Revit offers little assistance as many of the property types cannot even be purged if they are unused. Worse yet, administrators have no way of knowing WHERE these properties are used so and if they did, the cleanup would take far too much time.
Guardian allows complete transparency into incoming properties including whether they are used or not used. It then allows properties to be mapped to existing properties or removed. These decisions can be saved as rules and enforced silently across an entire firm.
LJ: What is coming up on the Guardian feature roadmap?PB:
We have hit several releases already since launching late last summer and are only picking up the pace even more! We expect to add more ways that Guardian can be extended to existing projects and more flexibly across project teams and user roles.
Here are some new things in Guardian 1.4.0:
Ability to detect duplicate properties
New Suggestions Framework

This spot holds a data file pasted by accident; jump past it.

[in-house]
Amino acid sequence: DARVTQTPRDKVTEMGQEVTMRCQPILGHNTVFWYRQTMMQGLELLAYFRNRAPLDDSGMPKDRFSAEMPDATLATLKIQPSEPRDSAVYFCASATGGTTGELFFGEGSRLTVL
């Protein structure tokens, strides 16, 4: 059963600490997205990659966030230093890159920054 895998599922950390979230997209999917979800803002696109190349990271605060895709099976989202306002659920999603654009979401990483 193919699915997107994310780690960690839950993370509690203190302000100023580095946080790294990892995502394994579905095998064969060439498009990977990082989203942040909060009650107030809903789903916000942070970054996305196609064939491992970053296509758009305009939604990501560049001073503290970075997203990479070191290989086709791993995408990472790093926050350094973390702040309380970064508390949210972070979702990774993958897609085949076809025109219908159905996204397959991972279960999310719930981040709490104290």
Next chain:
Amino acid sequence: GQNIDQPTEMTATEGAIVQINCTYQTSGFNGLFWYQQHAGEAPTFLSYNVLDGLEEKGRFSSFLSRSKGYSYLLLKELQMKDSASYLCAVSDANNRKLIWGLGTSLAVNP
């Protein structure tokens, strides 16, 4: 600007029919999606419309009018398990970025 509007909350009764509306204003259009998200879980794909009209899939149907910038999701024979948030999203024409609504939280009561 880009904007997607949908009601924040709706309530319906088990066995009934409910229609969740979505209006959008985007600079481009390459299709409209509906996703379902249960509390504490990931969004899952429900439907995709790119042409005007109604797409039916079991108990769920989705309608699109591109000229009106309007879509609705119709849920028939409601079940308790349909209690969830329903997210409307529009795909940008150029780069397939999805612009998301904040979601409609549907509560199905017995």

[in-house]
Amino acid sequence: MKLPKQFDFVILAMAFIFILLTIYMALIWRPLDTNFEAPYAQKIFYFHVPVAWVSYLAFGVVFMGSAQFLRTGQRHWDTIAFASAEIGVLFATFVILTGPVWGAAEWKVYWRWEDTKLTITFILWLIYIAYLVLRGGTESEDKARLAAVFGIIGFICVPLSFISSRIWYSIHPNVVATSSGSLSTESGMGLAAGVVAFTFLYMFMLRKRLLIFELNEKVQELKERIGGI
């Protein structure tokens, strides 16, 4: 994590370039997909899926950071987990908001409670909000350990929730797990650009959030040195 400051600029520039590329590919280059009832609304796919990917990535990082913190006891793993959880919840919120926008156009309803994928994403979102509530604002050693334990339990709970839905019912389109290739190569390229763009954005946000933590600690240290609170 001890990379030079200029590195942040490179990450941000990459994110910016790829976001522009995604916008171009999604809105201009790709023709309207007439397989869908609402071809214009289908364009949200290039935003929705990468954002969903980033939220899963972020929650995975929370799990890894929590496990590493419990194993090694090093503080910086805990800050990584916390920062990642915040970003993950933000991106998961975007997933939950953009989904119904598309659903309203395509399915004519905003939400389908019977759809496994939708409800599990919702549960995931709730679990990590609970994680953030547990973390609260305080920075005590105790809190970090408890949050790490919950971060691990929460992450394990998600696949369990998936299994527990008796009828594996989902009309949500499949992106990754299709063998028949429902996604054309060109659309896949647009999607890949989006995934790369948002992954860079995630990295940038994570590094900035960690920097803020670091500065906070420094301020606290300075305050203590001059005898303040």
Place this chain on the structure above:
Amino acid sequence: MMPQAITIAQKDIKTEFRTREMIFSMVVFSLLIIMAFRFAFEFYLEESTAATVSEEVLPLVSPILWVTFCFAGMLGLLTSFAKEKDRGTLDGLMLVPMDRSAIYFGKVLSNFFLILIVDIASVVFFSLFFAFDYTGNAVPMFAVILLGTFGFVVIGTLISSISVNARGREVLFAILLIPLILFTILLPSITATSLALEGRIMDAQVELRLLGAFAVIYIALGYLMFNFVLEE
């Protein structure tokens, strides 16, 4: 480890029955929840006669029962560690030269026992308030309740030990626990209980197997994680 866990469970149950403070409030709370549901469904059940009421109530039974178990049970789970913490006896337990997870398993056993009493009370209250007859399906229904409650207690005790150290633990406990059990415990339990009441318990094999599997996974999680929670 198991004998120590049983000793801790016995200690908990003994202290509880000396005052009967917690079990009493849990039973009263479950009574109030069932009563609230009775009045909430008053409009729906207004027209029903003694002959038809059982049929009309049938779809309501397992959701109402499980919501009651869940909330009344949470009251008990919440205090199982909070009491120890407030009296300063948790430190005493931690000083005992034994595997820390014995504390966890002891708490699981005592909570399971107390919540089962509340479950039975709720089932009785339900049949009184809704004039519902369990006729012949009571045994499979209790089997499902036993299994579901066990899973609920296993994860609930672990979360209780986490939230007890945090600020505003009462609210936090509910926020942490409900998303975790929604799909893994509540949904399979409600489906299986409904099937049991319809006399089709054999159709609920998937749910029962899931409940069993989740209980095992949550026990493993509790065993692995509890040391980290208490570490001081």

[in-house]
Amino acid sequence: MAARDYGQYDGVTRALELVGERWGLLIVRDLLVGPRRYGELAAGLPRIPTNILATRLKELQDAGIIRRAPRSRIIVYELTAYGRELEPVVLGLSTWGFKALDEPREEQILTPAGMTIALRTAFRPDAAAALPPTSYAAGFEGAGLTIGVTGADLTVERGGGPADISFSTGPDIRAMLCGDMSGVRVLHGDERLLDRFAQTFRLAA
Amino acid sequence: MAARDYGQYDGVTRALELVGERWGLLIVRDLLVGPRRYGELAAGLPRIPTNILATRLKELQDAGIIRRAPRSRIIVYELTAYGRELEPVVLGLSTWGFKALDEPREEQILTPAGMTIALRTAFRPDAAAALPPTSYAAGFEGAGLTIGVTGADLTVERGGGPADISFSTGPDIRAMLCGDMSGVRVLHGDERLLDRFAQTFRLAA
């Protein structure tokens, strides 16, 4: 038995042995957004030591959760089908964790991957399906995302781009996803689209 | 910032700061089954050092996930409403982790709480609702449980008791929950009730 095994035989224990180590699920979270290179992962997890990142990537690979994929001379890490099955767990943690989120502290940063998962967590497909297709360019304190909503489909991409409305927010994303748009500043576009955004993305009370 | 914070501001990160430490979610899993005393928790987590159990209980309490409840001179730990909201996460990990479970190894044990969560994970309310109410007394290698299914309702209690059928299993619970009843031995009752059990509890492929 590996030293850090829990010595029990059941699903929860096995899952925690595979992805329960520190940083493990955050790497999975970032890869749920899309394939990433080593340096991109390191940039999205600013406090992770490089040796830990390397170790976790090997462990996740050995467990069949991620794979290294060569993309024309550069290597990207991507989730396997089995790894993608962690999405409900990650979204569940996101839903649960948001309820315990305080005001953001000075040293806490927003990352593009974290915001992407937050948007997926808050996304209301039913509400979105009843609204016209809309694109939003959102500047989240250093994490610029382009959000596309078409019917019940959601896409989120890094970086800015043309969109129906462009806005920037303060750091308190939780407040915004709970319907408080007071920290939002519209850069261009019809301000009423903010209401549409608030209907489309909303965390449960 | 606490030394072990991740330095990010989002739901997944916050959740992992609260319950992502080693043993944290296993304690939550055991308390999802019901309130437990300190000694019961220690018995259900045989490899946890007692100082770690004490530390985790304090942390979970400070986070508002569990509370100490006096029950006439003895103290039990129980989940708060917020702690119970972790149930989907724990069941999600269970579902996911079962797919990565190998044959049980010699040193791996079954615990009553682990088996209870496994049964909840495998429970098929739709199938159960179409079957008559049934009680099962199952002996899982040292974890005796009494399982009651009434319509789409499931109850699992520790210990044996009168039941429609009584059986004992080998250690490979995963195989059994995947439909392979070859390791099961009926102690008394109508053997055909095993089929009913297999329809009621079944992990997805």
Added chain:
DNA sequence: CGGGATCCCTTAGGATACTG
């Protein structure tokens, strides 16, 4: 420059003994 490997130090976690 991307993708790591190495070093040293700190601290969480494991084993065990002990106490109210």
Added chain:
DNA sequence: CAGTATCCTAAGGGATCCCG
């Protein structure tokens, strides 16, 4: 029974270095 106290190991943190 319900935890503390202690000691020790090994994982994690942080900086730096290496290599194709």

User prompts when duplicates are made or modified
Below I have included some how-to guidance information in the following sections:
In the download package, you will get an MSI and current Release Notes:
Just double-click the MSI to install.
You can install for Current User or All Users:
And choose from supported Revit version:
License activation is achieved by entering your Company ID during installation:
When launching Revit, you can press ‘Always Load’ at the normal security prompt:
To manage your Revit content standards in Guardian, you use the ‘Admin Login’. Following this, you will see more features in the menu:
In Projects, you can define mapping files for each project, and you can create Project Templates: